Thursday, January 29, 2009

Bad Planning

The American Plan
Written by Richard Greenberg
Directed by David Grindley
Starring Kieran Campion, Austin Lysy, Brenda Pressley, Lily Rabe, Mercedes Ruehl

Performances from January 2 to March 15, 2009
Samuel J. Friedman Theater
261 West 47th Street

Ruehl in The American Plan (photo: Carol Rosegg)
Like Henry James’ novel Washington Square–itself turned into a solid play, The Heiress, by Ruth and Augustus Goetz–Richard Greenberg’s The American Plan explores the complicated relationship between a domineering parent and a fragile daughter.

Unlike James and the Goetzes, Greenberg focuses on a mother: steely German-Jewish widow Eva Adler and emotionally sheltered daughter Lili are at a Catskills resort in 1960. When handsome young Nick appears out of the blue–literally, for he comes out of the lake onto the dock where Lili sits–he not only sweeps the girl off her feet, but also gives her hope that she will be able to escape the clutches of her mother. But will she?

I never saw Manhattan Theater Club’s original production of The American Plan in 1990–but based on David Grindley’s competent but unexciting new staging, it’s tough to take Greenberg’s play seriously as an insightful, humorous study of various relationships circa 1960, a year which awkwardly bridges the idyllic ‘50s and the volatile ‘60s.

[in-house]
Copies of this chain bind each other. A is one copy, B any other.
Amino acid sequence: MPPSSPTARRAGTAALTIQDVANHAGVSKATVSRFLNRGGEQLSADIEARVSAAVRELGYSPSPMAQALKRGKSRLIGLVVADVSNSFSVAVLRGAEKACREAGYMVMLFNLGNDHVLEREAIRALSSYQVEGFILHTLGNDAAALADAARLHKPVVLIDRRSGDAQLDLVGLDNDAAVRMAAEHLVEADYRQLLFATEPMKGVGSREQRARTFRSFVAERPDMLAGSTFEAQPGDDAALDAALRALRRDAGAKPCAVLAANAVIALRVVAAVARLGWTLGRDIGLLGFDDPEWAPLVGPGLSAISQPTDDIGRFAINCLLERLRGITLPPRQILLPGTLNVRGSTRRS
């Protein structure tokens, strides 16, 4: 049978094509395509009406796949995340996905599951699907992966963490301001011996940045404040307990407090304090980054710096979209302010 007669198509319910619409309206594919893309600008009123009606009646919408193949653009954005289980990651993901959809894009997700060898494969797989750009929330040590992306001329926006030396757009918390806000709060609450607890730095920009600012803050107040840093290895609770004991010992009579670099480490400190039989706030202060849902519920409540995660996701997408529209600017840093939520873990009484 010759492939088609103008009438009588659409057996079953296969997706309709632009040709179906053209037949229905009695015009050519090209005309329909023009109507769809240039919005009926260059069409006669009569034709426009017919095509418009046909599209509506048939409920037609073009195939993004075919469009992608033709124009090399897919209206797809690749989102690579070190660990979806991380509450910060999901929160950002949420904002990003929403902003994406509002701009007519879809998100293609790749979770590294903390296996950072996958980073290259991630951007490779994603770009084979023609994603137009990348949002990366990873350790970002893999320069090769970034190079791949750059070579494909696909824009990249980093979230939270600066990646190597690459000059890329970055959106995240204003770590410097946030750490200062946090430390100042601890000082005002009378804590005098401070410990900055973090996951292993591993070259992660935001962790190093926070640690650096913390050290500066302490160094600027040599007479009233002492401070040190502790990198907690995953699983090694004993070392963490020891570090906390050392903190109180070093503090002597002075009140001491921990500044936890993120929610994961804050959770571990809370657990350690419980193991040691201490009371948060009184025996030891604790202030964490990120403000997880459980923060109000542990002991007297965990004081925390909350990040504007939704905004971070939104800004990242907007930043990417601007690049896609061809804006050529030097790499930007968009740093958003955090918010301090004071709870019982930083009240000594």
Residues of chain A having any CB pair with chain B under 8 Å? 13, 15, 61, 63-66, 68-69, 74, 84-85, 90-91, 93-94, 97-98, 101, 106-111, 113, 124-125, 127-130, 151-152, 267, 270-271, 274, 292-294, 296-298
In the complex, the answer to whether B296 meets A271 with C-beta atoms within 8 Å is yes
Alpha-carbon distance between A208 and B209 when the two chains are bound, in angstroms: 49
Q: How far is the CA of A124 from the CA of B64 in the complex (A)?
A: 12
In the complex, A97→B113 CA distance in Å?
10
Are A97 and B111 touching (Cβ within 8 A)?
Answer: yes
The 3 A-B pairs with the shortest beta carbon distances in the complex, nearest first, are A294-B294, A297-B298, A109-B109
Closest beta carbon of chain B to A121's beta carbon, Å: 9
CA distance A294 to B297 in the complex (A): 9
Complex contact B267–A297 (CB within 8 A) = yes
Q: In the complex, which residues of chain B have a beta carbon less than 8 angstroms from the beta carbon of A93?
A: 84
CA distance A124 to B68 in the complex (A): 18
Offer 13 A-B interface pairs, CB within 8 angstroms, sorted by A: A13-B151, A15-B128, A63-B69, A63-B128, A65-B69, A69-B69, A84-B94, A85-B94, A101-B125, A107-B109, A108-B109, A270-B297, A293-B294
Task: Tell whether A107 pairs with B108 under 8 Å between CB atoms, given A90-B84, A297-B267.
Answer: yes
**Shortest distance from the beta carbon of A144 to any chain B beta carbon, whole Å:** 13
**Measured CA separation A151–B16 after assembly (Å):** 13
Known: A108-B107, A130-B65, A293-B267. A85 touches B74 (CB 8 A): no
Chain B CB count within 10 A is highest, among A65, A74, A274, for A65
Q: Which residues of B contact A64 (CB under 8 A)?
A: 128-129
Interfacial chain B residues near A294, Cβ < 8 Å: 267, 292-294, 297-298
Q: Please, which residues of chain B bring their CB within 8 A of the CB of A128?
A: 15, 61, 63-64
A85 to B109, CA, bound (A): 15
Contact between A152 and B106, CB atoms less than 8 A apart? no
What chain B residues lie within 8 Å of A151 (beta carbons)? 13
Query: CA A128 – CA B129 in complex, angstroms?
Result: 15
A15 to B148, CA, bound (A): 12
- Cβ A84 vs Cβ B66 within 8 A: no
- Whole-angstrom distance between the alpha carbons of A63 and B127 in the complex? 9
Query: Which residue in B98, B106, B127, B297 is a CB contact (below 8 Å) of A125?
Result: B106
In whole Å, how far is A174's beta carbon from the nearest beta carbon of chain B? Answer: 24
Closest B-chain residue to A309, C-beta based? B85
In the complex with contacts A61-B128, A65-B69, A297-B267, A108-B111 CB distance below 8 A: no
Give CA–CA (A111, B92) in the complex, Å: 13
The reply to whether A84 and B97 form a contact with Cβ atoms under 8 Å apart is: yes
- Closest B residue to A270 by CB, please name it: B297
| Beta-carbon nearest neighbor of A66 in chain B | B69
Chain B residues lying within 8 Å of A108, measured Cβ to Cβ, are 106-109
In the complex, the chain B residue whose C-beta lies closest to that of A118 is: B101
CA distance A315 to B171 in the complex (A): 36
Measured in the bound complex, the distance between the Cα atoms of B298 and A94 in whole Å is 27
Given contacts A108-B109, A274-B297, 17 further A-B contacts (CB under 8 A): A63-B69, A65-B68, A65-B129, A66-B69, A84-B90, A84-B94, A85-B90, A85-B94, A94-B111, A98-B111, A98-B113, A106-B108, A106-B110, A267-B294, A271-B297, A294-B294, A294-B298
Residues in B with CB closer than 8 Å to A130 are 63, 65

The American Plan relies almost exclusively on coincidence and heavy irony, especially Eva’s Nazi-scarred past, Lili and the too-good-to-be-true Nick’s meeting, Lili’s and Nick’s extensive fibbing, and his surprising personal life (which isn’t all that surprising, at least how Grindley stages the “revelation” on Jonathan Fensom’s unimpressive dock setting). The play’s final–and most lackluster–scene occurs a decade later on Central Park West, protesters in the background as two of these characters have a muted reunion that fails to convince, thematically and narratively. Greenberg’s high-minded dialogue rarely sounds believable coming out of his people’s mouths, particularly in this soggy, unaffecting epilogue.

It would be a chore for even the most talented actress to persuasively play Lili, and poor Lily Rabe can’t cope with her wholly inconsistent personality; when she throws herself at Nick when he comes out of the lake, all shimmering wet and rippling muscles, it’s more laughable than anything. Usually a formidable actress, Ruehl is defeated by Eva; the actress’s usual boisterousness ends up undermining her character. At least Kieran Campion (Nick), Austin Lysy (Nick’s “friend” Gil) and Brenda Pressley (the Adlers’ stereotypical maid Olivia) acquit themselves well in roles flimsily written by Greenberg.

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